Built as a synagogue founded in 1861 by German Jewish immigrants, the neo-Classical building at 4600 S. King Drive was home to Chicago Sinai Congregation from 1912 until the 1940s.
In 1961, Mount Pisgah Missionary Baptist Church moved into the building in the Grand Boulevard community of Bronzeville. The church community brought a strong commitment to social justice and played an instrumental role in bringing Dr. Martin Luther King Jr.’s Southern Christian Leadership Conference to Chicago in the 1960’s. Since that time the church has provided a neighborhood food bank.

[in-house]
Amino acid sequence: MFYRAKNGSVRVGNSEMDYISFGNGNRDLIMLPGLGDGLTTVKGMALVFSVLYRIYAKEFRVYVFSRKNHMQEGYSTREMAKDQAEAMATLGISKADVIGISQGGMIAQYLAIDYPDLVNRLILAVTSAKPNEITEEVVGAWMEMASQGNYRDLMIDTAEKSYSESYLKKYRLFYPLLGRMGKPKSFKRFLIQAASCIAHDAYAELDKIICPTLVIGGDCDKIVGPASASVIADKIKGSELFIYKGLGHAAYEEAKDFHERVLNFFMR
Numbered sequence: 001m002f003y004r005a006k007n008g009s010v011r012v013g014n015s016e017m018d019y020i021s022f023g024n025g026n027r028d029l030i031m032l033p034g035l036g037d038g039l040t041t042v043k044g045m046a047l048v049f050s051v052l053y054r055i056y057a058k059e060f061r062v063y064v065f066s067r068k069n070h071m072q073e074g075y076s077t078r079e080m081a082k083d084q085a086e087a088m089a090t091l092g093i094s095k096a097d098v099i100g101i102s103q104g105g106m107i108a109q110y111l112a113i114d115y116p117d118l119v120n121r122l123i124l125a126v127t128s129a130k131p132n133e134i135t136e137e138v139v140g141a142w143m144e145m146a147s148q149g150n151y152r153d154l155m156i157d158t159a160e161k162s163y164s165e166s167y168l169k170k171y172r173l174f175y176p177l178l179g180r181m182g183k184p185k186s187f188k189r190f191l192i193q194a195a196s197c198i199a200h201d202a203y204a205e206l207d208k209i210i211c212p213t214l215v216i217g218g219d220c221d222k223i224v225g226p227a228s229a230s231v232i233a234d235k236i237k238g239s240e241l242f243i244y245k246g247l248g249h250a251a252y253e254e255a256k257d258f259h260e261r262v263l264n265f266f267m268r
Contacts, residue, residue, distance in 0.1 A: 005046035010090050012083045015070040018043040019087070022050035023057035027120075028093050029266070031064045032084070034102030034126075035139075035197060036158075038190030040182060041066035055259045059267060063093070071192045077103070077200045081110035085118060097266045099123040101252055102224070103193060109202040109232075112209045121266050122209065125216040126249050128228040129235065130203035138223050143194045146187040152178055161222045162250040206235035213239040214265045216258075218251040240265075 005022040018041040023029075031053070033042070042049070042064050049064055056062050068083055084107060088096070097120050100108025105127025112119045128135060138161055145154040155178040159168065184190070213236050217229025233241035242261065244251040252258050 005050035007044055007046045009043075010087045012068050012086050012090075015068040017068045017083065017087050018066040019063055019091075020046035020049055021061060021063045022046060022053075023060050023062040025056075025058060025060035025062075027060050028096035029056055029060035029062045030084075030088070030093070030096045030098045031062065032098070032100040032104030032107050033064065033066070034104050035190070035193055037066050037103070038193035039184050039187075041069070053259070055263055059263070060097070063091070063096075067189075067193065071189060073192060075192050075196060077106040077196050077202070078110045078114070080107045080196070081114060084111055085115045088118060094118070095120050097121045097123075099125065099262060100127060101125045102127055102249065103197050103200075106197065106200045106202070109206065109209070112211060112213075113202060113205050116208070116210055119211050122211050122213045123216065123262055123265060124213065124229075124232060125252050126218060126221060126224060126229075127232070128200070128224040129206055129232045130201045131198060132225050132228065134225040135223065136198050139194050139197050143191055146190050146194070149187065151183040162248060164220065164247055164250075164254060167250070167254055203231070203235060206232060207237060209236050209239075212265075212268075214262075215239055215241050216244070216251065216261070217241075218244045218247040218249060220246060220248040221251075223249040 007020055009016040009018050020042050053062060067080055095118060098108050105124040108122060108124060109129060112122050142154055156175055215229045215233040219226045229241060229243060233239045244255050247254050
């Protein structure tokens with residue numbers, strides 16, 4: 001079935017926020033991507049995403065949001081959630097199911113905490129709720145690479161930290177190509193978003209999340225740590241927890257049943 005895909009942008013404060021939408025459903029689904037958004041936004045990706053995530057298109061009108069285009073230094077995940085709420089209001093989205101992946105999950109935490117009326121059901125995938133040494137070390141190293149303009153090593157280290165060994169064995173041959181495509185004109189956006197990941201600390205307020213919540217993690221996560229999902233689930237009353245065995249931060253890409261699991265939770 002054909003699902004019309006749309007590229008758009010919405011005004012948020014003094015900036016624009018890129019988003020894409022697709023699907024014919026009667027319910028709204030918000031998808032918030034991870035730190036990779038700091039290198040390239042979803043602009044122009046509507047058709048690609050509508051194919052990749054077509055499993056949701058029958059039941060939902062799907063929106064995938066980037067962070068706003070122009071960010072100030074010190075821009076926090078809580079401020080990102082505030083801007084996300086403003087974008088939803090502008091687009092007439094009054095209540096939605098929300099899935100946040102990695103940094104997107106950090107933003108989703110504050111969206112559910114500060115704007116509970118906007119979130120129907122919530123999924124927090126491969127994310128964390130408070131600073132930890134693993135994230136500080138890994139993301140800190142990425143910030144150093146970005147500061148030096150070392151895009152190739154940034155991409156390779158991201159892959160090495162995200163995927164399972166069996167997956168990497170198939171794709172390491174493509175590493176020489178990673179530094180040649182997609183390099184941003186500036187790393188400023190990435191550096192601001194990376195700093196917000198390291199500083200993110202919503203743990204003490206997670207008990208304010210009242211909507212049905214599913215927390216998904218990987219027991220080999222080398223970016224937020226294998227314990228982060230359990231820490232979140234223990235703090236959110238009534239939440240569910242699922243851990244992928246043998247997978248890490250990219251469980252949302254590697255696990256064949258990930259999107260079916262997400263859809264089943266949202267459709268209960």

In 1895 M. Morin, an executive at Le Bon Marché, looked to give his wife a gift. Since the 1860s, Japanese art and its influences and practices (known as “japonisme”) had a profound impact on France’s own fine and popular arts, and this craze became even more popular by the 1890s. It was only natural for M. Morin to build a real pagoda as a lavish and fashionable statement next door to the couple’s house in Paris. Pieces were shipped from Asia and reassembled in Paris under the design and direction of Alexandre Marcel (1860-1928) at 57 bis, rue de Babylone on the corner with rue Monsieur in the 7th arrondissement. Built in the middle of a residential neighborhood it boasted all things Japanese including stone figures of dragons, lions, buddhas and birds as well as distinctive Asian-style rooflines. In 1930 it became a 400-seat cinema movie theatre that became an art-house cinema in the 1970s and, after 85 years of operation, closed its doors in 2015. SOURCE: 1000 Buildings of Paris, Kathy Borrus, Black Dog & Leventhal Publishers, New York, 2003, p. 275 and http://cinematreasures.org/theaters/6906 – retrieved January 4, 2023.